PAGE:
Georg Wilhelm Pabst (1885–1967) is one of the least appreciated of the early directors. His films are much better known than he is; despite the fact that he made at least eight pictures of major significance, there have been only two book-length studies of his work in English, both of them now out of print—compare this with the masses of text on his Weimar-cinema contemporaries Fritz Lang and F. W. Murnau. And yet he brought Greta Garbo to international fame in her second starring role (The Joyless Street, 1925), made a strange and evocative attempt to put Freud’s ideas into cinematic form (Secrets of a Soul, 1926), made Louise Brooks into an icon (with Pandora’s Box and Diary of a Lost Girl, both 1929), and directed a raucously effective adaptation of The Threepenny Opera in 1931 (although the play’s author and composer, Bertolt Brecht and Kurt Weill, both sued him for his trouble).
He also made The Love of Jeanne Ney (1927), which in its obsessive fascination with reflective surfaces is one of the most beautiful silent films—and which is also, thanks to its screenplay, one of the silliest. It’s hard to get a bead on Pabst. He made every sort of picture—fables, fantasies, historical reconstructions, spy thrillers, comedies, sex farces, literary adaptations, mountain sagas (he codirected the Leni Riefenstahl star vehicle The White Hell of Pitz Palu, 1929)—and worked in Germany, Austria, France, Italy, and even, briefly and bitterly, the United States (the widely derided A Modern Hero, 1934). Despite his international career, he made the fateful decision to return to the Axis states in 1938, ostensibly to take care of family business in Austria, which did not assist his reputation abroad (although he later tried to repair it by directing both the first Hitler-in-the-bunker drama, The Last Ten Days, and one of the first plot-against-Hitler movies, Jackboot Mutiny, both 1955).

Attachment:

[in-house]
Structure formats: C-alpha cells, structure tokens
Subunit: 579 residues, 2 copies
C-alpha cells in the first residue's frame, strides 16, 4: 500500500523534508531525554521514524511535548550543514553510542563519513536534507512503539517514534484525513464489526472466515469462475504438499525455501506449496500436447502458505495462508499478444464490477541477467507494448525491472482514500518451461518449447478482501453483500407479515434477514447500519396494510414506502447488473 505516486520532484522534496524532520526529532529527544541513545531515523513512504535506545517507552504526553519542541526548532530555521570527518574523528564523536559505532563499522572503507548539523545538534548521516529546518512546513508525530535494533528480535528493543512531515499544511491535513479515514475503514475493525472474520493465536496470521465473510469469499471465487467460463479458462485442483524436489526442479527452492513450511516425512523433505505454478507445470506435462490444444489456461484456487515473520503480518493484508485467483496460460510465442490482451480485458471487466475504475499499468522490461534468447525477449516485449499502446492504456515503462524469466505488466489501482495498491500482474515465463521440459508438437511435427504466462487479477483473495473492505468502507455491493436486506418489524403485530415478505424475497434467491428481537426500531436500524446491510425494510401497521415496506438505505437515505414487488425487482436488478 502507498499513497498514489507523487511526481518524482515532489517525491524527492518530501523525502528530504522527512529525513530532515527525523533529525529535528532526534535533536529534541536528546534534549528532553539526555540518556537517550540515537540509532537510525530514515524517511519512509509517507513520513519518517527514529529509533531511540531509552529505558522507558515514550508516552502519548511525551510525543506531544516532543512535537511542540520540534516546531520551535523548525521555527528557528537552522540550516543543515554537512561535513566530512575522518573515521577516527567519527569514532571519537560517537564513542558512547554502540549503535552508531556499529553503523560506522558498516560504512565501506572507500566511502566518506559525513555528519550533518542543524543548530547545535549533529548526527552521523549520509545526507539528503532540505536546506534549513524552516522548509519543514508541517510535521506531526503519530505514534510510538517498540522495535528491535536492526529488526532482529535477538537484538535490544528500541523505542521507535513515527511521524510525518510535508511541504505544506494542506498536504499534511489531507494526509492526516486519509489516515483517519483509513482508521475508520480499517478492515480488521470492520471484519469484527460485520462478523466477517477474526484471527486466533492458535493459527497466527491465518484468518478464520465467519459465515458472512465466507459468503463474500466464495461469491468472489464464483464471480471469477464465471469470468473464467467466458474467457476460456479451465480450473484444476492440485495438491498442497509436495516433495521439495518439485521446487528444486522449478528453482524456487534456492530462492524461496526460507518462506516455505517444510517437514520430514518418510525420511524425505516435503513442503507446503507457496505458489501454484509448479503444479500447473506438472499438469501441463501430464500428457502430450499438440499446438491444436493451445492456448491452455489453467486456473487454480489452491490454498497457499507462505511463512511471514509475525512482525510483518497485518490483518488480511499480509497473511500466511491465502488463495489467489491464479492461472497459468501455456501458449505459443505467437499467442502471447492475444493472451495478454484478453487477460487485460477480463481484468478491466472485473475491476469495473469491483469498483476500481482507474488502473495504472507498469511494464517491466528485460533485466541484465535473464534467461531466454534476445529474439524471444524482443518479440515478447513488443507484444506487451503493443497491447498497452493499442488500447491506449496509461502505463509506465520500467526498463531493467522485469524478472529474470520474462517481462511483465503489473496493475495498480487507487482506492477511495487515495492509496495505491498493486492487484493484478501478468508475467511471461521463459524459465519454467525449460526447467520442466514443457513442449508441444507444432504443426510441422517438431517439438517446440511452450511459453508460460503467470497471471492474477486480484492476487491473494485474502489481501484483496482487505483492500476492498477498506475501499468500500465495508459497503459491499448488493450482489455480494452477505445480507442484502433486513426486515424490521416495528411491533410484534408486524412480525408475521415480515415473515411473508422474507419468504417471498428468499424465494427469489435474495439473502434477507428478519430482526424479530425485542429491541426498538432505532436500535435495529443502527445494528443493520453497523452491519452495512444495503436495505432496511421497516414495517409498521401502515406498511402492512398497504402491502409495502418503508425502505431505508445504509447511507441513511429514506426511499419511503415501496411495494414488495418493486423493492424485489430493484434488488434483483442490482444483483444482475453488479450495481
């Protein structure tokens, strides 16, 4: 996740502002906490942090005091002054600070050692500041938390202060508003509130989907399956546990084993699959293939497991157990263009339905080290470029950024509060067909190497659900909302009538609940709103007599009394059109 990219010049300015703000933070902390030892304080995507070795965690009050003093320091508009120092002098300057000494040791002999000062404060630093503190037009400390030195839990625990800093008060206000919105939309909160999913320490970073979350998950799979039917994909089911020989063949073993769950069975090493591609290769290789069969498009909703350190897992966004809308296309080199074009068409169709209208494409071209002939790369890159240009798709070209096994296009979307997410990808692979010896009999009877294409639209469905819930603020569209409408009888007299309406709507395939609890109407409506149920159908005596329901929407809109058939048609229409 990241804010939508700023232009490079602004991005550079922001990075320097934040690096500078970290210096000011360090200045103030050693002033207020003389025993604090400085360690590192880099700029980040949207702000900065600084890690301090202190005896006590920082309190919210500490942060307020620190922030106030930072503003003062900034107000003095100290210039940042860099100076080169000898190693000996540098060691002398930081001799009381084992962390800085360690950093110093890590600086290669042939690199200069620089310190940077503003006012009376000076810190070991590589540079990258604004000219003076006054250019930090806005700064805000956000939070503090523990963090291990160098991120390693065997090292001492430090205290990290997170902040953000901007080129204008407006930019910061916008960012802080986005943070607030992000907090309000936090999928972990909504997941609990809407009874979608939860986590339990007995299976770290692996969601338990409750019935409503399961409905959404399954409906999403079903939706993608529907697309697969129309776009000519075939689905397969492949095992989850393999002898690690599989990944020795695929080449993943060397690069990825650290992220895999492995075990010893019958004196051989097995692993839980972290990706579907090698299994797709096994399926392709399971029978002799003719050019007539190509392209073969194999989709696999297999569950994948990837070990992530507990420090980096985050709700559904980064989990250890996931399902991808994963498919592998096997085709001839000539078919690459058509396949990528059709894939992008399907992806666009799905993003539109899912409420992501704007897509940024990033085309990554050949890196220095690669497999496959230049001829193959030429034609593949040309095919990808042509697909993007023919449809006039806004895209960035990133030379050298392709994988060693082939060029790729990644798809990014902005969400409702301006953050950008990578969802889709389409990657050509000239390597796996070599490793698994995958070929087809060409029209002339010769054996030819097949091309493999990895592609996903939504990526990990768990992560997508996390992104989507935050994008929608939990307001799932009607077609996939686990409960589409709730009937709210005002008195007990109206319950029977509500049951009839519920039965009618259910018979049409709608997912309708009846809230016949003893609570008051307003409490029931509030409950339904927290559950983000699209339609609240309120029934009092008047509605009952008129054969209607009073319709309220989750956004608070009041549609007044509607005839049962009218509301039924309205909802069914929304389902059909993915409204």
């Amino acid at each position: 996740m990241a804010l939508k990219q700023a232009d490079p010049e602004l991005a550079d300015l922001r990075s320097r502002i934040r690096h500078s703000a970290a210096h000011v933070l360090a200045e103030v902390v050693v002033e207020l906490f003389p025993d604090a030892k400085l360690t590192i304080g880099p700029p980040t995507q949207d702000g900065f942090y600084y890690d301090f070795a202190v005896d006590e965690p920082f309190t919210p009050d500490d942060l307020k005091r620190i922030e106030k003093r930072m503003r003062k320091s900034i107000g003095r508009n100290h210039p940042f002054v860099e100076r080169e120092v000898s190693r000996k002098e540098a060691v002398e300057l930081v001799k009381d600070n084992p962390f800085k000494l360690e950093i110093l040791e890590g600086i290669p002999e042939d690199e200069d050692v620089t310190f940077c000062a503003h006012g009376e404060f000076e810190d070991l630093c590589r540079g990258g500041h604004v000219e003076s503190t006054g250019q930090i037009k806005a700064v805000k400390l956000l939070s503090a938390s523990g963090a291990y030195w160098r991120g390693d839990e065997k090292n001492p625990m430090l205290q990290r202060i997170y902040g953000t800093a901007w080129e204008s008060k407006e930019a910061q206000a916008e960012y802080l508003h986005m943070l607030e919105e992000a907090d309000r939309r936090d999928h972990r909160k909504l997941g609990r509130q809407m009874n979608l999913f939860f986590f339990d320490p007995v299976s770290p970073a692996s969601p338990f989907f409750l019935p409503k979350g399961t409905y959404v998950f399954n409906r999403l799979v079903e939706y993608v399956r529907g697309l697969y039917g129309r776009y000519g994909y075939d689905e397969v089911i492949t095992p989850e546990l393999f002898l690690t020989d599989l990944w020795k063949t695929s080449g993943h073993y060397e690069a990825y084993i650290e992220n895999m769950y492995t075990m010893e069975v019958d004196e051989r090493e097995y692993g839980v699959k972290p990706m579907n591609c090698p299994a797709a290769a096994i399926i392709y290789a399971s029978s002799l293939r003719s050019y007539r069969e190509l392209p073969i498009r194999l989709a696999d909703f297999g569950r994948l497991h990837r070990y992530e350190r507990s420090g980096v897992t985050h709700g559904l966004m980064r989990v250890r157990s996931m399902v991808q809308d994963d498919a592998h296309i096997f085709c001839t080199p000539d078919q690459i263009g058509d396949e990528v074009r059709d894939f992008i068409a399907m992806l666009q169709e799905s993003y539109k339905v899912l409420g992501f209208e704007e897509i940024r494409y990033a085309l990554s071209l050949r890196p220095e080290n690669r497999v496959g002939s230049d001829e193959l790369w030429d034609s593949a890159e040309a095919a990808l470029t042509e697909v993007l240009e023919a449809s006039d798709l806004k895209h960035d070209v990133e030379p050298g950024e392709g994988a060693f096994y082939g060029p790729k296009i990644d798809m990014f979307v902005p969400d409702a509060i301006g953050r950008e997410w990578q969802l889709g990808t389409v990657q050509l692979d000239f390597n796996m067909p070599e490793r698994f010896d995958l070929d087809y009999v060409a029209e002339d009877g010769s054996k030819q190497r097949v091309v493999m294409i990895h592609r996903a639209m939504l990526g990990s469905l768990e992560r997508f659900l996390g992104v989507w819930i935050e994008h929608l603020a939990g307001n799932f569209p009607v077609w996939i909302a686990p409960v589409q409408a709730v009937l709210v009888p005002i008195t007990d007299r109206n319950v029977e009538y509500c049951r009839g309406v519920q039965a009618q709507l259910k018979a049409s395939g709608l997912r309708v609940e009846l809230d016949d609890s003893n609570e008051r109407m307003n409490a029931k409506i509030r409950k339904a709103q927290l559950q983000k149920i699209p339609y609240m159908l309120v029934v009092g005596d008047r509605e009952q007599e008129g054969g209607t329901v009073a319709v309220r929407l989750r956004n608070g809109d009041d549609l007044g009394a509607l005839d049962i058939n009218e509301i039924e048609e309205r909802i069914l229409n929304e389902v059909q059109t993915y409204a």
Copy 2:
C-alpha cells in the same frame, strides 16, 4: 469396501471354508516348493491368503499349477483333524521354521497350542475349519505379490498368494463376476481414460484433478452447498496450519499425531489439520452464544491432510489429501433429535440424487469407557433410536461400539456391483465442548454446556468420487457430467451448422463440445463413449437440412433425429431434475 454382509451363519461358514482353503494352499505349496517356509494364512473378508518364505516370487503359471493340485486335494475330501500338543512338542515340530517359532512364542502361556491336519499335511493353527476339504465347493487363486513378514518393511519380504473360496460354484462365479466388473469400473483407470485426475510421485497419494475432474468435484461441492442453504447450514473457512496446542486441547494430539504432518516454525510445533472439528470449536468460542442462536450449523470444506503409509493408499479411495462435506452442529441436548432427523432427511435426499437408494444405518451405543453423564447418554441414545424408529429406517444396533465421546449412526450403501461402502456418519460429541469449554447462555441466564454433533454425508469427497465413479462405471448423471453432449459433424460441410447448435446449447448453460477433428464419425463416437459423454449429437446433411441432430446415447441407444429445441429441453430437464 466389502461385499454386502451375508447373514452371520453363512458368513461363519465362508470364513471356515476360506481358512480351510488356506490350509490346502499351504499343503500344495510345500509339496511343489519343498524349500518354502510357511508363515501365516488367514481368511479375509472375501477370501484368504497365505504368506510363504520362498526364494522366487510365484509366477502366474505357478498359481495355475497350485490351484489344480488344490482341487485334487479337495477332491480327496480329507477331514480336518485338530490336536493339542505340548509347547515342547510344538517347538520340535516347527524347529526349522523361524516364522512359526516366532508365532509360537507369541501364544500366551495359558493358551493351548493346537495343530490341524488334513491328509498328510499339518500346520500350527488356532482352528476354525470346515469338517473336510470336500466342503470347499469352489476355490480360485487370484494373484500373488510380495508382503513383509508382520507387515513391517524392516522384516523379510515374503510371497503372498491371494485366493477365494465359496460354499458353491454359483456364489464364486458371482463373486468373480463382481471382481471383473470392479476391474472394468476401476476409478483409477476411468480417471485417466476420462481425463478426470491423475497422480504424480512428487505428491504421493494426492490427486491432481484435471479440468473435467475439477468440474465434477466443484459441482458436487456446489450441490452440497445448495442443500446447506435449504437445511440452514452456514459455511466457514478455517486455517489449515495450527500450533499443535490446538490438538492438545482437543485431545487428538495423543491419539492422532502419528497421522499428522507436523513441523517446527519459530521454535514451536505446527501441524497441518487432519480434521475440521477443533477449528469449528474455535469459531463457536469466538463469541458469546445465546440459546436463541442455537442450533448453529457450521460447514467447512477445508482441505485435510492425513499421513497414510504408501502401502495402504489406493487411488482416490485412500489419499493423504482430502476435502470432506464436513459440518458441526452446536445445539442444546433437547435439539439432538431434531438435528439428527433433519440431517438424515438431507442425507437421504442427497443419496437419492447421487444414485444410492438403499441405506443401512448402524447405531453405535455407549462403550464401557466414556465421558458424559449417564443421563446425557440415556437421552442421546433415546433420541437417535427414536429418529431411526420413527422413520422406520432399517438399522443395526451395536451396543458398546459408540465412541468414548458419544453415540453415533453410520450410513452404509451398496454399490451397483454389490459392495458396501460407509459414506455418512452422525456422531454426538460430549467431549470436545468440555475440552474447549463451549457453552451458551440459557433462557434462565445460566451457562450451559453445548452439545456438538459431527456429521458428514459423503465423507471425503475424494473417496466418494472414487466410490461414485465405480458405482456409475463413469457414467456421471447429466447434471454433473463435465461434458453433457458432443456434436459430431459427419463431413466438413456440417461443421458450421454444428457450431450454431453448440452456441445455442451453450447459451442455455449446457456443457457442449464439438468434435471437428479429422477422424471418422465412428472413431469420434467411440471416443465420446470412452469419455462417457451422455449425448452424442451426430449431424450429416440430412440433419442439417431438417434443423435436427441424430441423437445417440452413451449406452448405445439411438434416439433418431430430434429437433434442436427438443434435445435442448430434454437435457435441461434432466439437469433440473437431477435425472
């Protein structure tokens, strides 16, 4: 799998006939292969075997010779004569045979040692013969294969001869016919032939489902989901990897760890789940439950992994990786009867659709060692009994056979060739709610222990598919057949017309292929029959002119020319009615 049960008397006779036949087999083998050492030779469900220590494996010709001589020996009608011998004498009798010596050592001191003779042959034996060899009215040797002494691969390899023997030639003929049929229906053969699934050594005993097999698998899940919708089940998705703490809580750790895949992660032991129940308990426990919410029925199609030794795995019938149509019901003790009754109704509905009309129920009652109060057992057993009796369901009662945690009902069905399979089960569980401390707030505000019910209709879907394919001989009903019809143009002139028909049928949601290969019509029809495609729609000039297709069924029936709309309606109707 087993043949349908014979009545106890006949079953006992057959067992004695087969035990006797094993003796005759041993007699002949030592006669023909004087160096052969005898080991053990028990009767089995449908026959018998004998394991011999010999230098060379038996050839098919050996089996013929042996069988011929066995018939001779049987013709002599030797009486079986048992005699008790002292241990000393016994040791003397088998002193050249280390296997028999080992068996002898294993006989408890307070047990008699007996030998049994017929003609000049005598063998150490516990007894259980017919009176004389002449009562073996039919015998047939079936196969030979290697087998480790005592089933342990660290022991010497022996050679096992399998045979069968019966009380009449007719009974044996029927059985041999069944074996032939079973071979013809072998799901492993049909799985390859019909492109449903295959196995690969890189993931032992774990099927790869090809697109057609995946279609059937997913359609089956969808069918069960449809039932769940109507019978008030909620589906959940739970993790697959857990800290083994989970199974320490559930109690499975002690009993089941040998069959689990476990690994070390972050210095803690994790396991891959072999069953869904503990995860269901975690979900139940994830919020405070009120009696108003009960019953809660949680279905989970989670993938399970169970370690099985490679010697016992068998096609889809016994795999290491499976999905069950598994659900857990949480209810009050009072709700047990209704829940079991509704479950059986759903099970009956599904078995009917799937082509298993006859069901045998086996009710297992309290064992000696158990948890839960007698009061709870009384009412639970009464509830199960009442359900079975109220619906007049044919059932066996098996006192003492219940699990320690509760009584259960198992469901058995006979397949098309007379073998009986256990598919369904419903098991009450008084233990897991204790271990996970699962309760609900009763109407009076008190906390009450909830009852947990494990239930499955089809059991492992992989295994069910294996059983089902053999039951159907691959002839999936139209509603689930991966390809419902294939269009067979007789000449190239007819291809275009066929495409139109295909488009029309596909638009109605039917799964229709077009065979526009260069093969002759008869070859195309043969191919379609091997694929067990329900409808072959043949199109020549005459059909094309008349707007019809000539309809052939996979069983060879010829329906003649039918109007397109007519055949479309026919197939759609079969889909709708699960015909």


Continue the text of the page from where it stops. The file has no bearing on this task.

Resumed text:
Perhaps the trouble with Pabst was that he was a purely visual filmmaker. He was at his best in the silent era and made little of note after 1931. Even at his peak, he often seems to have given insufficient consideration to the quality of his screenplays, and by all accounts he was deaf to dialogue. He might be seen, therefore, as a directorial counterpart to those stars whose careers plummeted with the coming of sound, were it not for his first sound film, 1930’s Westfront 1918, along with 1931’s Kameradschaft (Comradeship), both of which employ the medium brilliantly. They use sound in ways that had no parallel at that time, in fact, since sound recorders on a set were then generally sealed in a booth, while Pabst insisted on using a mobile soundproof case; he and his colleagues also took an adventurous approach to verisimilitude in the sound editing. The results are often eerie: the blasts and the uncanny silence between them in Westfront 1918; the trapped miners frantically tapping on pipes in Kameradschaft. Pabst was fully in command of his senses; what he lacked, perhaps, was language.